Ancestry UK

Hollingbourne, Kent

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Up to 1834

A workhouse operated at Lenham from around 1730 (Hitchcock, 1985).

A Parliamentary report of 1777 recorded parish workhouses in operation at Hollingbourne (with accommodation for up to 40 inmates), Boxley (36), Lenham (40) and Sutton Valence (20).

A building known as the Cloth Hall, on North Street, Headcorn, is said to have served as the parish workhouse.

Headcorn 'Old Workhouse', c.1920.
© Peter Higginbotham.

Headcorn 'Old Workhouse', c.1920.
© Peter Higginbotham.

A cottage on Sittingbourne Road, Detling, was the parish's workhouse in the early 1800s. It is now a private residence known as Workhouse Cottage.

Detling workhouse site, c.1896

Workhouse Cottage, Detling, 2003.
© Martin J Dale.

After 1834

The Hollingbourne (frequently spelled Hollingbourn in older documents) Poor Law Union officially came into existence on 12th October 1835. Its operation was overseen by an elected Board of Guardians, one representing each of its 23 constituent parishes as listed below:

County of Kent: Bicknor, Boughton Malherbe, Boxley, Bredhurst, Broomfield, Chart next Sutton Valence [Chart Sutton], Debtling [Detling], Frinsted, Harrietsham, Headcorn, Hollingbourne, Hucking, Langley, Leeds, Lenham, Otterden, Stockbury, East Sutton, Sutton Valence, Thurnham, Ulcombe, Wichling, Wormshill.

The population falling within the Union at the 1831 census had been 13,365 with parishes ranging in size from from Bicknor (population 44) to Lenham (2,197). The average annual poor-rate expenditure for the period 1833-5 had been £18,400 or £1.7s.6d. per head of the population.

Built in 1836, the Hollingbourne Union Workhouse stood on the Maidstone to Ashford Road. The Poor Law Commissioners authorized an expenditure of £5,000 on the building which was to accommodate up to 300 inmates. It had an H-shaped layout with an entrance block facing to the south which would probably have contained the board-room, porter's room and master's quarters at the centre. Inmates' accommodation was located to each side and in the ranges to the rear. The workhouse location and layout are shown on the 1895 map below:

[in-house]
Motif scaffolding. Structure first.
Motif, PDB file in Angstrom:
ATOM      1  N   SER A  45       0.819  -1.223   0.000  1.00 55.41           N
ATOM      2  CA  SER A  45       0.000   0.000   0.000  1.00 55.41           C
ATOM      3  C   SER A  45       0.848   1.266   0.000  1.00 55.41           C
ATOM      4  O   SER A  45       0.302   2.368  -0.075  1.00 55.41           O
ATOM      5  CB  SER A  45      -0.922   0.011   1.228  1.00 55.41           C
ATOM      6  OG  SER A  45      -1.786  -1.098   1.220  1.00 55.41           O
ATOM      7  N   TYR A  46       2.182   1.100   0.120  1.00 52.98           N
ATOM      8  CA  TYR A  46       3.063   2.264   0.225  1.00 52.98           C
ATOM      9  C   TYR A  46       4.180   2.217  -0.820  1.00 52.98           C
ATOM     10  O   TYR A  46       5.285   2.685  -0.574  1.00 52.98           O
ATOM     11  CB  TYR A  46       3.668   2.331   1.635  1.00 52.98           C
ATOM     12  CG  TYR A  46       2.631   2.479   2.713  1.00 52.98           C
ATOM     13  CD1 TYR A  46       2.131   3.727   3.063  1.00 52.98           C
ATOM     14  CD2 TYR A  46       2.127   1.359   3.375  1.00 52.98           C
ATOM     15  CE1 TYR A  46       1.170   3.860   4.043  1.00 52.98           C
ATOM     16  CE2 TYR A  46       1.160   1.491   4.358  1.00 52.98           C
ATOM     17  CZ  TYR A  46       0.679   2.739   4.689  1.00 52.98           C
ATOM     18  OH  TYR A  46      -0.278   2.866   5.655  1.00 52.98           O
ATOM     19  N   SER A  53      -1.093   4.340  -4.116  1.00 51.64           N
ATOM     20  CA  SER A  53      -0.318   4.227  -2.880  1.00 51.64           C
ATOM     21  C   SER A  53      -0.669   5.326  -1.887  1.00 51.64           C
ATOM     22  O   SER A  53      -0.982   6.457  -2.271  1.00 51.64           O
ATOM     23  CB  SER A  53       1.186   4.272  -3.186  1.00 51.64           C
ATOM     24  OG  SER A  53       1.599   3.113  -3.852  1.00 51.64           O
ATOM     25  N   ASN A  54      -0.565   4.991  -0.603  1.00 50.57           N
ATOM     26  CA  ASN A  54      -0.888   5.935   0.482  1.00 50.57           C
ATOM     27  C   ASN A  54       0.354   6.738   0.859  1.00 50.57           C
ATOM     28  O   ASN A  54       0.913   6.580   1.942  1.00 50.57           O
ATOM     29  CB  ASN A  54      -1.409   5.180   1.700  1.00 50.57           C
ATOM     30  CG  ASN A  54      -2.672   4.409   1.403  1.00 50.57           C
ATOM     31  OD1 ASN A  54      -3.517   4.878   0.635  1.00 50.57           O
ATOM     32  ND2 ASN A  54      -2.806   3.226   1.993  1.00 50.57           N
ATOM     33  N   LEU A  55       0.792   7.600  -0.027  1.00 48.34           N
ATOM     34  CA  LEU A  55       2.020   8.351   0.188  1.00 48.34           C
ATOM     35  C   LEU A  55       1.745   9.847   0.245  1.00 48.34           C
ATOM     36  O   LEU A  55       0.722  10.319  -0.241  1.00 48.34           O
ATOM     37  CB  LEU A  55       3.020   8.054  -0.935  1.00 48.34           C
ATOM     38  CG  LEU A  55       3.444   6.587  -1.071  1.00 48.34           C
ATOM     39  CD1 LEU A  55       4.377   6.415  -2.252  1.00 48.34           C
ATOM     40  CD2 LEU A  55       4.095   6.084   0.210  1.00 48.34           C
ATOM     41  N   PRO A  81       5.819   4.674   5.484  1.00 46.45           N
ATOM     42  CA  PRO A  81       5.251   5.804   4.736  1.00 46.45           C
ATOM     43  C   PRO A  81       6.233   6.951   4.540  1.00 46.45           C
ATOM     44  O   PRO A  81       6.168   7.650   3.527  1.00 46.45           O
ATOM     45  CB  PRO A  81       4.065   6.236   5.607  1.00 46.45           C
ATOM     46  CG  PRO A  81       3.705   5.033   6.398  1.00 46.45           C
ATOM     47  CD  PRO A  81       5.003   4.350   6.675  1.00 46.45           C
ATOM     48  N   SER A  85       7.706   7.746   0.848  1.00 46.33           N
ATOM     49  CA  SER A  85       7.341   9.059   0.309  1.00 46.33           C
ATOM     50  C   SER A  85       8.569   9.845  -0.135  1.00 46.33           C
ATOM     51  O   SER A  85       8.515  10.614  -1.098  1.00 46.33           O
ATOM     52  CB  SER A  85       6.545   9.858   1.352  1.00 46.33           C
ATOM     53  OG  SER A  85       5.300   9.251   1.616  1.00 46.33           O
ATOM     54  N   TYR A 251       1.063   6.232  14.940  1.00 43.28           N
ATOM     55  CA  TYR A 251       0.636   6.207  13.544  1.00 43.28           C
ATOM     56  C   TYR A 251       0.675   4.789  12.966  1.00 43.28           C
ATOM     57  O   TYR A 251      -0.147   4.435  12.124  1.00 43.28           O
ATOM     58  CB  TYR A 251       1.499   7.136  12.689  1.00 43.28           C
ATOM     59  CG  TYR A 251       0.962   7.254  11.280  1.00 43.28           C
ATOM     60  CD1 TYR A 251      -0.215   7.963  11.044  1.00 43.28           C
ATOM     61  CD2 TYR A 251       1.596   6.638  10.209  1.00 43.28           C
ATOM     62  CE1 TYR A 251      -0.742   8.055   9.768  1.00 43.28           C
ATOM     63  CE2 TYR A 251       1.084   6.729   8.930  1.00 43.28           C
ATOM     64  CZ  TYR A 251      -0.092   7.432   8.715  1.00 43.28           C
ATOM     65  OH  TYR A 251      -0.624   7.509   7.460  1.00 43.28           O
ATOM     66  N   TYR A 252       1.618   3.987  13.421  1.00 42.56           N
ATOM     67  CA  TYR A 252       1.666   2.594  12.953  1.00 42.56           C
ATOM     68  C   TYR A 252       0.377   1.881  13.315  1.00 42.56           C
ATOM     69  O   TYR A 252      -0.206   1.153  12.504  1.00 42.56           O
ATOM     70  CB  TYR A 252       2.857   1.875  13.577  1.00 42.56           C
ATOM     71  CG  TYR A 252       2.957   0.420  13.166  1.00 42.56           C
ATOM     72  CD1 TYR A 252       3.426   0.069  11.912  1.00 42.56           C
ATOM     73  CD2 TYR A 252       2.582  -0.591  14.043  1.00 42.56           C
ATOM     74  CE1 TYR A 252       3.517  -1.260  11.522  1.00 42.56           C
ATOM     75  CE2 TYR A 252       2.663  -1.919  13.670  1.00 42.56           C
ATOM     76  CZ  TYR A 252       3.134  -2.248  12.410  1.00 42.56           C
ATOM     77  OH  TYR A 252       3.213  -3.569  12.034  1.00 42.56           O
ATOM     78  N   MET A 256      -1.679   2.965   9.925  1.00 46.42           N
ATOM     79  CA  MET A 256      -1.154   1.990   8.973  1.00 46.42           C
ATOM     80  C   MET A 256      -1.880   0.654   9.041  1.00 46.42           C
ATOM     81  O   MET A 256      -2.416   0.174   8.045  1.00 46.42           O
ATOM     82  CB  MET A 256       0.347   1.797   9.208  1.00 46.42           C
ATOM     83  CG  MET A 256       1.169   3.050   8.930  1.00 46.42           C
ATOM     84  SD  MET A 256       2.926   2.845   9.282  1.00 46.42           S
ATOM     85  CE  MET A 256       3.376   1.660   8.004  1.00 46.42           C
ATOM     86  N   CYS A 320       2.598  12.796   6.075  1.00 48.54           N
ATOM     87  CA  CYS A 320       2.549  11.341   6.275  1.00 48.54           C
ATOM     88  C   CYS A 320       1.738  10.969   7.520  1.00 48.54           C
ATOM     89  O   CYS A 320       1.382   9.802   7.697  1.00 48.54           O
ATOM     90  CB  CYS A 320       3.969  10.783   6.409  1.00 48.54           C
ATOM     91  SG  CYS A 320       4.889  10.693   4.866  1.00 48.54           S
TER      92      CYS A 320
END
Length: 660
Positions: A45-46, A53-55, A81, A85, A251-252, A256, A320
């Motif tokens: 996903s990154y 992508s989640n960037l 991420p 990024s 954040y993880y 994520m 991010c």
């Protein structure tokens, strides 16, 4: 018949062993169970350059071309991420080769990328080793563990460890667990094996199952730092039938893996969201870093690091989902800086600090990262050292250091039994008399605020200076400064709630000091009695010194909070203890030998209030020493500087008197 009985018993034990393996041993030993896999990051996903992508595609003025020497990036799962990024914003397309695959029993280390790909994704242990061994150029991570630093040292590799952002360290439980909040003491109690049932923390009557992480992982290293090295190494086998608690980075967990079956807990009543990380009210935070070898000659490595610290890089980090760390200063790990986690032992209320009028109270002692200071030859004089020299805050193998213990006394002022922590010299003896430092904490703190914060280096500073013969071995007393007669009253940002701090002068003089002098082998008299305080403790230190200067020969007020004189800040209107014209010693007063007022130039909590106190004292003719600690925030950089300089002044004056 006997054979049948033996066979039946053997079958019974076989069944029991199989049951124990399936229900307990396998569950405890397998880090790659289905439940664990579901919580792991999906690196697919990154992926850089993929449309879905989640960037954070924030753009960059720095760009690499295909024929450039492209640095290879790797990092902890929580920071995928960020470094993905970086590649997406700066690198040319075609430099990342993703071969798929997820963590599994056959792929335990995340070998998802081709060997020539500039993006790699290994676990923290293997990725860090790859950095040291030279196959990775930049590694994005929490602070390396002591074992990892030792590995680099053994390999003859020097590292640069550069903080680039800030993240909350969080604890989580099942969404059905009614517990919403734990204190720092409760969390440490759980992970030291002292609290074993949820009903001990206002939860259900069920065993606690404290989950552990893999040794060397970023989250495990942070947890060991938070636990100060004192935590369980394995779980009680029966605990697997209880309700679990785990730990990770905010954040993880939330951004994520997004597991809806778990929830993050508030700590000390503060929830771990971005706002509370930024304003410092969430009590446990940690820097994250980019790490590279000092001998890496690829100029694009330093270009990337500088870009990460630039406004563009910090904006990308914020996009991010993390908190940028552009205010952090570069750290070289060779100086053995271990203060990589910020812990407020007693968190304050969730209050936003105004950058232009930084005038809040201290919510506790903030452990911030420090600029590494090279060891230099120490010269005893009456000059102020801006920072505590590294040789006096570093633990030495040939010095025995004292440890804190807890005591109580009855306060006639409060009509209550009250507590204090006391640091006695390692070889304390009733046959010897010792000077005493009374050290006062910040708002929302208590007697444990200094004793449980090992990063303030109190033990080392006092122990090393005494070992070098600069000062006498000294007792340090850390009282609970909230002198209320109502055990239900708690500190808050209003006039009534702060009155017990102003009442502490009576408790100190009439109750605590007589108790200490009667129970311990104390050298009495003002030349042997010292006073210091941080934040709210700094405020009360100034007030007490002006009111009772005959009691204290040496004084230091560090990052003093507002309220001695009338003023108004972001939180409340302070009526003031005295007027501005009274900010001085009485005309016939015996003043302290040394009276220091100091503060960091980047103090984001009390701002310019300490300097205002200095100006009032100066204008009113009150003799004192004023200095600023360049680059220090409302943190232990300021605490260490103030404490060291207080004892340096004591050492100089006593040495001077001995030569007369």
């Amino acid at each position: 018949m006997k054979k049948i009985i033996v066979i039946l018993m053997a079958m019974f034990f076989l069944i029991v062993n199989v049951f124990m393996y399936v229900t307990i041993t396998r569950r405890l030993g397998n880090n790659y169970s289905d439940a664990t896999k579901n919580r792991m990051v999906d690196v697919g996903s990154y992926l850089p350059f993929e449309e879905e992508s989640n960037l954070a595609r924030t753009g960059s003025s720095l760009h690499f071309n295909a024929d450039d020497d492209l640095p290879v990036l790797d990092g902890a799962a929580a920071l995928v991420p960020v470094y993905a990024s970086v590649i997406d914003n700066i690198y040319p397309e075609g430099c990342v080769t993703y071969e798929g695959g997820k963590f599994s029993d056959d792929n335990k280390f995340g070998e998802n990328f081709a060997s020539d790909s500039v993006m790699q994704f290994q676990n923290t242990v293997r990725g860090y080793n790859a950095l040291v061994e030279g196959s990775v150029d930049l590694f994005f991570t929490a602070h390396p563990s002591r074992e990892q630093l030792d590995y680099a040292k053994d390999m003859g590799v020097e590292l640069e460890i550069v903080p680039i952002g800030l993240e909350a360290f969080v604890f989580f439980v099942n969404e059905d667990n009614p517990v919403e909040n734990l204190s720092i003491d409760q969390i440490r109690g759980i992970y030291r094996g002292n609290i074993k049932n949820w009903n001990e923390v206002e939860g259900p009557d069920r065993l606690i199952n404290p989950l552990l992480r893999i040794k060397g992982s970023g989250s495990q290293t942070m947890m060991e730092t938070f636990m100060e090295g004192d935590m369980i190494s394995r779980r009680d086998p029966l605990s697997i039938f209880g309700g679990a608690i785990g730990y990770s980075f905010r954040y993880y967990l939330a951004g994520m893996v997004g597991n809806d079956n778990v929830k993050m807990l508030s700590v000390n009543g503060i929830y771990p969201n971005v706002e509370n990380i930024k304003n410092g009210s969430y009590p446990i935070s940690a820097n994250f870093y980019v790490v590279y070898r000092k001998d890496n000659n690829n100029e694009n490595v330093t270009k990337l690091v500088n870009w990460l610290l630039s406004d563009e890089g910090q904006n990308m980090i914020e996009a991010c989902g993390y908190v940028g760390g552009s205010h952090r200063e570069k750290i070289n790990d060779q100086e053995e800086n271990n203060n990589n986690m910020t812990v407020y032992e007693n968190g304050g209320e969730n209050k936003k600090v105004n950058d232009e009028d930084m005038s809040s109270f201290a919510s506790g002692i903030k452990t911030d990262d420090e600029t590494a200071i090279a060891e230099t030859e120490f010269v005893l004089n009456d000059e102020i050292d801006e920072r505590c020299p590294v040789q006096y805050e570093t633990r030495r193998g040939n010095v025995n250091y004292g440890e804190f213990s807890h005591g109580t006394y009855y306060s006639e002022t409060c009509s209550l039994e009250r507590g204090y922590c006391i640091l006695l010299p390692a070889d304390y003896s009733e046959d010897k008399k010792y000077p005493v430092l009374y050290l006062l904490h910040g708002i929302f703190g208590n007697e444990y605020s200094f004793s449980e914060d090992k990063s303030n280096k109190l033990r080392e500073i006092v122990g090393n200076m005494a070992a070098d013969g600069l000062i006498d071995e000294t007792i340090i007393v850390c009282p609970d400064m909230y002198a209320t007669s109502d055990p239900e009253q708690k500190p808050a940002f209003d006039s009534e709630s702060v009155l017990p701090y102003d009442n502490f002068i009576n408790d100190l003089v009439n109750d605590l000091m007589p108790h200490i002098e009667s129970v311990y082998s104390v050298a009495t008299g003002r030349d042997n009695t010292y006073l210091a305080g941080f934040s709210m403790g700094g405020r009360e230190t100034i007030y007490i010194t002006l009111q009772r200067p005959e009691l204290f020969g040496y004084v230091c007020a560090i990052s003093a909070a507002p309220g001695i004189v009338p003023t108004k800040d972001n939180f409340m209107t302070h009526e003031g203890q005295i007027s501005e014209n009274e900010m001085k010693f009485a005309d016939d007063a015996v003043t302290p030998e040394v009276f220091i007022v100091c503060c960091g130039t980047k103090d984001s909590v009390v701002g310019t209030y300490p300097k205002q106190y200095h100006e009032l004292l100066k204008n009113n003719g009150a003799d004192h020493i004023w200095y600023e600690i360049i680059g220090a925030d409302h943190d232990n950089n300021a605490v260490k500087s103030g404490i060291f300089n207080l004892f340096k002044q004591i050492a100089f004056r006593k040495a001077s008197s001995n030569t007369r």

Hollingbourne site, 1895

Hollingbourne workhouse from the west, c.1920.
© Peter Higginbotham.

The workhouse closed in around 1921 and the buildings demolished with the exception of the 1895 mortuary which still stands in the grounds of the property, now known as White Heath.

Hollingbourne workhouse mortuary from the south-west, 2001.
© Peter Higginbotham.




Note: many repositories impose a closure period of up to 100 years for records identifying individuals. Before travelling a long distance, always check that the records you want to consult will be available.


  • Higginbotham, Peter Workhouses of London and the South East (2019)
  • Hitchcock, T.V. (1985) The English workhouse: a study in institutional poor relief in selected counties. l695-l750. (DPhil thesis. University of Oxford.)


  • None.


  • Thanks to Martin Dale for the picture of the former Detling workhouse where he grew up.

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